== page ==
Perhaps you have a history of ear infections and were fighting that condition again the night law enforcement stopped you on suspicion of DUI.
Unfortunately, you failed the one-leg stand during a field sobriety test. This is a serious matter that could affect your future. What happens now?
About the field sobriety test
The Standardized Field Sobriety Test is the official name for a group of three tests for anyone suspected of driving under the influence of alcohol. They consist of the one-leg stand test, the walk-and-turn test and the horizontal gaze nystagmus test. Of these, even drivers who are completely sober may have trouble with the one-leg stand.
For this test, you must stand with your feet together, arms at your sides. You must then raise one foot six inches off the ground, look at your foot and count out loud from 1001 until the officer says you can stop.
Law enforcement officers often administer field sobriety tests at night under conditions that are not ideal. The ground may be uneven, there may be distracting noise from nearby traffic, and you will probably take field sobriety testing under the glare of lights from the police vehicle. Added to your nervousness is the ear infection, which may affect your sense of balance.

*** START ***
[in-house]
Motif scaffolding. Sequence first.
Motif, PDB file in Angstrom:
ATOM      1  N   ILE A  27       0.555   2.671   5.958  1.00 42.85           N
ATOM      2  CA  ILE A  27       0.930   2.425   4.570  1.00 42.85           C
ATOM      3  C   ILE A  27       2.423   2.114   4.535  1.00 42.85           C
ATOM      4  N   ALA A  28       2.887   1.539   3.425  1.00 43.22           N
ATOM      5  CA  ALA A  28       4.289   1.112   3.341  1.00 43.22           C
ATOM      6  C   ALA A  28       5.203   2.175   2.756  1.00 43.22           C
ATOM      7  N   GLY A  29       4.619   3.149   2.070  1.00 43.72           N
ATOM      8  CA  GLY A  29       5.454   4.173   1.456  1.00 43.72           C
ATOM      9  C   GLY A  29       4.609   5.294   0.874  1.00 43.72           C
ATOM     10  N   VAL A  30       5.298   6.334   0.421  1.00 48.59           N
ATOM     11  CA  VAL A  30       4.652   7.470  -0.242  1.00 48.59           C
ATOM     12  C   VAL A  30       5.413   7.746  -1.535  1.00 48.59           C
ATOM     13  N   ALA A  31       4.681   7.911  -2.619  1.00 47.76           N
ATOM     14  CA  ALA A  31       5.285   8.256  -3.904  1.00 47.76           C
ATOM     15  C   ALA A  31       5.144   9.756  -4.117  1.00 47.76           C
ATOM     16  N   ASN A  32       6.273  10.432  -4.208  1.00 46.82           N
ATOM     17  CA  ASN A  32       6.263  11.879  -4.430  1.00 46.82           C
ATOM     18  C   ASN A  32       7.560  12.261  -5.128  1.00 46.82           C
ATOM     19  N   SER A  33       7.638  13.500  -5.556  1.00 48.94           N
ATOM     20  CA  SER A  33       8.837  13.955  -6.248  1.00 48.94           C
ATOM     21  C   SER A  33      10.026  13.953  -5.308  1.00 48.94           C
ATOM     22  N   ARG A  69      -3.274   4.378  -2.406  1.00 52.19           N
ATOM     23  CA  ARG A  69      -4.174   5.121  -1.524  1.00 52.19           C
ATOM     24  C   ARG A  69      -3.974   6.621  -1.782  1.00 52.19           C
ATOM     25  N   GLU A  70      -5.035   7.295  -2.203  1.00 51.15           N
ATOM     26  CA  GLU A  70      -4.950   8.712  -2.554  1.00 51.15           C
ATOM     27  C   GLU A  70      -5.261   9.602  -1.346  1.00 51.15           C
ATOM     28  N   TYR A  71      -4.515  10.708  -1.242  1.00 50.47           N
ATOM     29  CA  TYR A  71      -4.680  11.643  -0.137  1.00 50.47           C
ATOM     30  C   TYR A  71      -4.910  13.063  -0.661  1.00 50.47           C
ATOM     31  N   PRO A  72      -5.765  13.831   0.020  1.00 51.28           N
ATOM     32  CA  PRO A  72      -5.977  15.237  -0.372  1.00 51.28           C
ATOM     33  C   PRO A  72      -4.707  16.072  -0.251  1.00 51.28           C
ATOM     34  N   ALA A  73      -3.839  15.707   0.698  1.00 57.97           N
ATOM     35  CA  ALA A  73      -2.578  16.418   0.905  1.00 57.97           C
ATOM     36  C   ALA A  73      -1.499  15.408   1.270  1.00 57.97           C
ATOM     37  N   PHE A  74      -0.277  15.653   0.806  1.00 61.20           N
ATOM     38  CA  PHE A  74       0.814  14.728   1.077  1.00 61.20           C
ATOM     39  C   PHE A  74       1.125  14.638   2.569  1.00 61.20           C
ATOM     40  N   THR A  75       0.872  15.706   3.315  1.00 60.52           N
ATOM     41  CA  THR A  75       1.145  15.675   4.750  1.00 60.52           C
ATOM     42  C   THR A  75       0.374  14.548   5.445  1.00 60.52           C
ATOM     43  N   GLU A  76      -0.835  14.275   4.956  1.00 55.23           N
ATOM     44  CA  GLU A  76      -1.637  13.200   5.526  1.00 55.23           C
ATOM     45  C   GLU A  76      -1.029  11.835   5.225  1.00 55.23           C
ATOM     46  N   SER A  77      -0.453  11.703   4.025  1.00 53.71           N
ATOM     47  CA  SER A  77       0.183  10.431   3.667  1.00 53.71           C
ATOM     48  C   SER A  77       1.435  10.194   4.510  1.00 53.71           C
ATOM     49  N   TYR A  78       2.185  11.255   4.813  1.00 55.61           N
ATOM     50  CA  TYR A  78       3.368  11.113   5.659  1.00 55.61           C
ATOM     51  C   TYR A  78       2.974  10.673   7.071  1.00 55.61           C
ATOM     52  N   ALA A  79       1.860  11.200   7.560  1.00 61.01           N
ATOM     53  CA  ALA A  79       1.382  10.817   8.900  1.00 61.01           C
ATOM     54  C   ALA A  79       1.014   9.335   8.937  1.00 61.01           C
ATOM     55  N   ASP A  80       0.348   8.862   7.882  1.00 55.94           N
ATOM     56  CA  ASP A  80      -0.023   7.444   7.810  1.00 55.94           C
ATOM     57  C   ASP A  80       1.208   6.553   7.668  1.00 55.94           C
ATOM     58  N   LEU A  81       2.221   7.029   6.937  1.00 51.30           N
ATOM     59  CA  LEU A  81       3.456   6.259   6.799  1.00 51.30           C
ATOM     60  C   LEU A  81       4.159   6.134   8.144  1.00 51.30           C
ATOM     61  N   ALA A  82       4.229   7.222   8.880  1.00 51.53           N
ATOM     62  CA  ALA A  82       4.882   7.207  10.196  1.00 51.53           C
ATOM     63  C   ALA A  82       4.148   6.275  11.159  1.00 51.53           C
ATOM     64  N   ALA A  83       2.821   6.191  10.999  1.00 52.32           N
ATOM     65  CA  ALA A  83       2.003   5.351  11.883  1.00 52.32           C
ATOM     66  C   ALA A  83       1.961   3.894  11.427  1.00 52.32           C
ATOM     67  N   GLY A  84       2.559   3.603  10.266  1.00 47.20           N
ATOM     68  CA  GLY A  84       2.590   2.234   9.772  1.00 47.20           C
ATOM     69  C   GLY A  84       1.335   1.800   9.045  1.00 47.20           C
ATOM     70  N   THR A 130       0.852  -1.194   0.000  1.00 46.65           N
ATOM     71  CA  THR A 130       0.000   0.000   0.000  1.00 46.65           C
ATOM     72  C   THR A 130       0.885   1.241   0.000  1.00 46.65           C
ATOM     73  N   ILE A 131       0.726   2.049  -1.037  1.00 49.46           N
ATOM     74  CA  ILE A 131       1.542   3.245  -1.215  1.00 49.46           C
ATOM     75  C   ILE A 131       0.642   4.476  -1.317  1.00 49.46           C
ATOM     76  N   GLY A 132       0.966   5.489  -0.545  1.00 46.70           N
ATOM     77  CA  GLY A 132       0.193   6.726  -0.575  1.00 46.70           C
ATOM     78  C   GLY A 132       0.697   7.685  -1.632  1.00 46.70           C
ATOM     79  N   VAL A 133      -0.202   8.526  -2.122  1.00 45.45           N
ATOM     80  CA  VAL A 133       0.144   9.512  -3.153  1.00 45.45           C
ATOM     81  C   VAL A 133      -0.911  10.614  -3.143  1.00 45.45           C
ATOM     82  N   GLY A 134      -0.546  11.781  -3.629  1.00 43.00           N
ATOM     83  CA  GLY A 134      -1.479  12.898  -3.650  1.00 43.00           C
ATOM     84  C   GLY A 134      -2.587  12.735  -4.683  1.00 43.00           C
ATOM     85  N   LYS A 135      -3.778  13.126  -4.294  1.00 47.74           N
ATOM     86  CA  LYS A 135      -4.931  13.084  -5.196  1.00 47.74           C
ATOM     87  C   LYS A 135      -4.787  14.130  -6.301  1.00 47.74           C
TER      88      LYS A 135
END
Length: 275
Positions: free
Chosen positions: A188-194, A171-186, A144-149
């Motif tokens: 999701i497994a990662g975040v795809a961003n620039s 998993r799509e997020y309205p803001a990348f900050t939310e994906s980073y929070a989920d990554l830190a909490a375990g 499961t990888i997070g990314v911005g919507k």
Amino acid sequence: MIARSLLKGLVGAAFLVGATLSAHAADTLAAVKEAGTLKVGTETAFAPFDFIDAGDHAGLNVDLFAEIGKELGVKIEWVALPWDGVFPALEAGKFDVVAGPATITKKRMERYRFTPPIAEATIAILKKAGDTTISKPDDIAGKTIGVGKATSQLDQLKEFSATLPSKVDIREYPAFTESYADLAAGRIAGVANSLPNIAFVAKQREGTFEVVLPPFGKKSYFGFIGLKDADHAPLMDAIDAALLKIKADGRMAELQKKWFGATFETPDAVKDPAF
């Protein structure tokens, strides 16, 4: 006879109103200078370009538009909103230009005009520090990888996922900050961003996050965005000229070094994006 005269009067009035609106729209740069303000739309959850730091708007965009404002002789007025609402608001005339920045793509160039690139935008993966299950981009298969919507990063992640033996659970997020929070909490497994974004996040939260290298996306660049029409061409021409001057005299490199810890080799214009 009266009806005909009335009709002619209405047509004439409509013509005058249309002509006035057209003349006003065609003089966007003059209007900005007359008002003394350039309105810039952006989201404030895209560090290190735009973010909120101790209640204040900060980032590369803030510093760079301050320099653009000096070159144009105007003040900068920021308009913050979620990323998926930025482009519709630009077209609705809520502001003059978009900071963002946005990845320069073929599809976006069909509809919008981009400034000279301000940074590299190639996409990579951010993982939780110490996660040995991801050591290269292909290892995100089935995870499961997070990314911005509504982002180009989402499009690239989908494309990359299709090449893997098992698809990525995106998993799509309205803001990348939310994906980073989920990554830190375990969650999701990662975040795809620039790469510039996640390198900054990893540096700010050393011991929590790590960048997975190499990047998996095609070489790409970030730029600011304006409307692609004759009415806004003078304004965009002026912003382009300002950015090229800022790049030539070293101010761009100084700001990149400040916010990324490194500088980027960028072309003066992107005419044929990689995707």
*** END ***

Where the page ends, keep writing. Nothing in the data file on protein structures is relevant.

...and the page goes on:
People stopped on suspicion of DUI may have other issues that could affect their ability to pass the one-leg stand: eye muscle imbalance, arthritis, herniated disk, sciatica, spinal problems, medications, weight and even foot length.
The road ahead
Your defense should include a thorough examination of the circumstances surrounding your arrest, how the officer administered the field sobriety tests and why you failed the one-leg stand. Did law enforcement have probable cause to stop you? Were the signs of intoxication sufficient to warrant field sobriety testing? Did the officer administer the test properly?
These questions and more must have answers. Your future is at stake and you want the best outcome possible for your case.